Section 5: Case study
A five-year-old boy presented to A&E after having a generalised tonic-clonic seizure lasting eight minutes. The seizure was self-resolving and he was drowsy afterwards. He had previously experienced a febrile seizure at 15 months of age.

His temperature was 39.6Co on arrival in A&E, and he was starting to come round from the seizure. He had been noted to have a cough and runny nose for two days and, apart from the coryzal illness, examination was unremarkable.

In A&E he had a further generalised tonic-clonic seizure lasting two minutes and the decision was made to admit him for observation. On the ward he had a further three seizures within 45 minutes, ranging from three to eight minutes, these seizures were focal in nature affecting his right arm and leg. His temperature on arrival on the ward was 39.1Co despite antipyretics.

As he did not regain consciousness between these seizures he was judged to be in febrile status epilepticus. A cannula was inserted, bloods were sent for analysis and he was given IV lorazepam to stop the seizures in addition to broad spectrum IV antibiotics in the case of a more serious infection. The lorazepam stopped the seizures and he was closely monitored.

Later that evening he had fully recovered and was able to sit up to eat his dinner. After he had recovered from the seizures there was no evidence that he had meningitis, so a lumbar puncture was not performed. The blood tests were unremarkable except for a CRP of 18mg/L. His antibiotics were discontinued after 48 hours when his blood cultures were found to be negative. Although his temperature continued to spike while on the ward he had no more seizures.

He was allowed home after 72 hours when his coryzal symptoms and temperature were settling.

Risk factors
There was a very strong family history, with his mother, maternal aunt, maternal grandfather and both older siblings all having febrile seizures when younger. His mother had gone on to develop epilepsy in her adolesence. Apart from his family history he had no other risk factors.

Further management
In view of the number of seizures he had, an outpatient EEG was arranged to look for any epileptiform activity. This was normal. He was re-admitted to the ward five weeks later having had two further febrile seizures secondary to a viral illness. He is currently awaiting an outpatient appointment where we will discuss the use of intermittent diazepam with further febrile illnesses, to try to prevent future seizures.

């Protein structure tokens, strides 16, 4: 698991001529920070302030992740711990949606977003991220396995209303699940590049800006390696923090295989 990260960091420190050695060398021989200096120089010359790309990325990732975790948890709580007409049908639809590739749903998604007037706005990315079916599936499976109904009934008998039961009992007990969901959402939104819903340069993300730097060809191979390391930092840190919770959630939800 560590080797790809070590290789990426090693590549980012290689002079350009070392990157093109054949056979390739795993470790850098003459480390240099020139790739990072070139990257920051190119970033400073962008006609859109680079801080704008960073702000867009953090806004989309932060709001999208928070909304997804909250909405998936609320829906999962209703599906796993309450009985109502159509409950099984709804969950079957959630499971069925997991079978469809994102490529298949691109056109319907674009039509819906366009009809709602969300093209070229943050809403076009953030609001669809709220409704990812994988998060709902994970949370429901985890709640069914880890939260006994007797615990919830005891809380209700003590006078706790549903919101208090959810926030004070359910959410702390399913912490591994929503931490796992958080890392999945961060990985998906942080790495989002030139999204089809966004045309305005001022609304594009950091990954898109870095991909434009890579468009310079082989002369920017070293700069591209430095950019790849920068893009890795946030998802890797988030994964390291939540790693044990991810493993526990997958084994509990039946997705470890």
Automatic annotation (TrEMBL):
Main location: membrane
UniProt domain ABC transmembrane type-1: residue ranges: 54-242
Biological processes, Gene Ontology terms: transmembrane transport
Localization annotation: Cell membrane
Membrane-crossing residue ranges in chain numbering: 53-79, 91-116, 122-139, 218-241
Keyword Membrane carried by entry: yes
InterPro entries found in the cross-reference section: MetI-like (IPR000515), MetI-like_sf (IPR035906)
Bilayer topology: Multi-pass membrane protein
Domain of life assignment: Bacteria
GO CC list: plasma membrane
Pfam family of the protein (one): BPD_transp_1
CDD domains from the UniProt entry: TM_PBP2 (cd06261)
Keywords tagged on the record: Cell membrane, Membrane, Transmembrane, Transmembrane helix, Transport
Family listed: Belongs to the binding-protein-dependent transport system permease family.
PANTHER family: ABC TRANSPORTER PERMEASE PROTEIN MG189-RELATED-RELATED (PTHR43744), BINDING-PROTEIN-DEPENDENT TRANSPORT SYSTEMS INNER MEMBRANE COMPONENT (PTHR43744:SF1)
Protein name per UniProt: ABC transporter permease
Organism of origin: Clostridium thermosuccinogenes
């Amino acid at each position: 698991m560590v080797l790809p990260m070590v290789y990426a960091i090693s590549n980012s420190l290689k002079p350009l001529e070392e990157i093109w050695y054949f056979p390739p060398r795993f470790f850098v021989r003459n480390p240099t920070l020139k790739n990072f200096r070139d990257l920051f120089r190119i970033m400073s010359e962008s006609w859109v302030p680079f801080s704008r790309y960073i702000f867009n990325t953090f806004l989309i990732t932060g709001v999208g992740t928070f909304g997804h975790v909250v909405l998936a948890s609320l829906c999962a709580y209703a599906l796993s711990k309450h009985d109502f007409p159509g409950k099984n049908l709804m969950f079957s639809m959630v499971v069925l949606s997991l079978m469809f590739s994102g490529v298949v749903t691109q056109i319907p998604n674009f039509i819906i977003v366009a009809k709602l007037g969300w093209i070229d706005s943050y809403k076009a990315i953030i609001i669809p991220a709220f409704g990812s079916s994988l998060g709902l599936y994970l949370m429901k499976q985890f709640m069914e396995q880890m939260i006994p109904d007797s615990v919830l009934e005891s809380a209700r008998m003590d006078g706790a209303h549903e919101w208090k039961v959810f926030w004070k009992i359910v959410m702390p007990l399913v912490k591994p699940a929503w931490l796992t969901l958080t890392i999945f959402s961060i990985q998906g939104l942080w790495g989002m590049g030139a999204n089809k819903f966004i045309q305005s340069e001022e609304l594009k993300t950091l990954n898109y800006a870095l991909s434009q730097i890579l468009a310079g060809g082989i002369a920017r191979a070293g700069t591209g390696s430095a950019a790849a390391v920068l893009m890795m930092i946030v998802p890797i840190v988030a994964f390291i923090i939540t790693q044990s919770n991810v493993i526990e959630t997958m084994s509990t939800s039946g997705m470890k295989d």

Section 6: Evidence base
Clinical trials

Although many studies have been published looking into all aspects of febrile seizures, there are still many unanswered questions surrounding their pathogenesis and inheritance.

  • Strengell T, Uhari M, Tarkka R, et al. Antipyretic agents for preventing recurrences of febrile seizures. Arch Pediatr Adolesc Med 2009; 163(9): 799-804.

This study observed 231 children for two years and found that antipyretics are ineffective in preventing febrile seizures.

  • Rosman NP, Colton T, Labazzo J, et al. A controlled trial of diazepam administered during febrile illness to prevent recurrence of febrile seizures. N Engl J Med 1993; 329: 79-84.

This study followed 406 children for 1.9 years. It found that treatment with diazepam led to a reduction of 44 per cent in the risk of febrile seizures per child per year.


  • Waruiru C and Appleton R. Febrile seizures: an update. Arch Dis Child 2004; 89(8):751-6.

Hospitals have used this review to produce local guidelines for the management of patients with febrile seizures.

  • NICE. Feverish illness in children: Assessment and initial management in children younger than five years. CG47, London, NICE, 2007.

Although there is no specific NICE guideline for febrile seizures, the fever guideline specifically looks at the indications for further investigation of fever and indications for admission to hospital.

Key text
Panayiotopoulos CP. A Clinical Guide to Epileptic Syndromes and their Treatment. (Second Edition). London, Springer-Verlag, 2007.

This is a good textbook for information regarding any kind of childhood seizure.

This topic is covered in the GP curriculum in statement 15.7 Neurological Problems


This NHS website has information for parents and caregivers of children with febrile seizures.

Click here to reflect on this article and add notes to your CPD organiser on MIMS Learning


These further action points may allow you to earn more credits by increasing the time spent and the impact achieved.

  • Organise a meeting with parents to discuss febrile convulsions and the management of the sick child.
  • Design a surgery poster on febrile convulsions.
  • Hold a practice meeting discussing this article and management of a child with a fever.

1. Waruiru C and Appleton R. Arch Dis Child 2004; 89(8):751-6.

2. Nelson KB, Ellenberg JH. Pediatrics 1978; 61(5): 720-7.

3. Berg AT, Shinnar S, Levy SR et al. Neurology 1999; 53(8): 1742-8.

4. Virta M, Hurme M, Helminen M et al. Epilepsia 2002; 43: 920-3.

5. Armon K, Stephenson T, MacFaul R et al. Emerg Med J 2003;20(1):13-20

6. Gordon KE, Dooley JM, Camfield PR et al. Pediatrics 2001;108(5):1080-8.

7. Vestergaard M, Basso O, Henriksen TB et al. Arch Dis Child 2002; 86: 125-6.

8. Offringa M, Moyer VA. BMJ 2001; 323: 1111

9. Steering Committee on Quality Improvement and Management, Subcommittee on Febrile Seizures American Academy of Pediatrics.Pediatrics 2008; 121(6):1281-6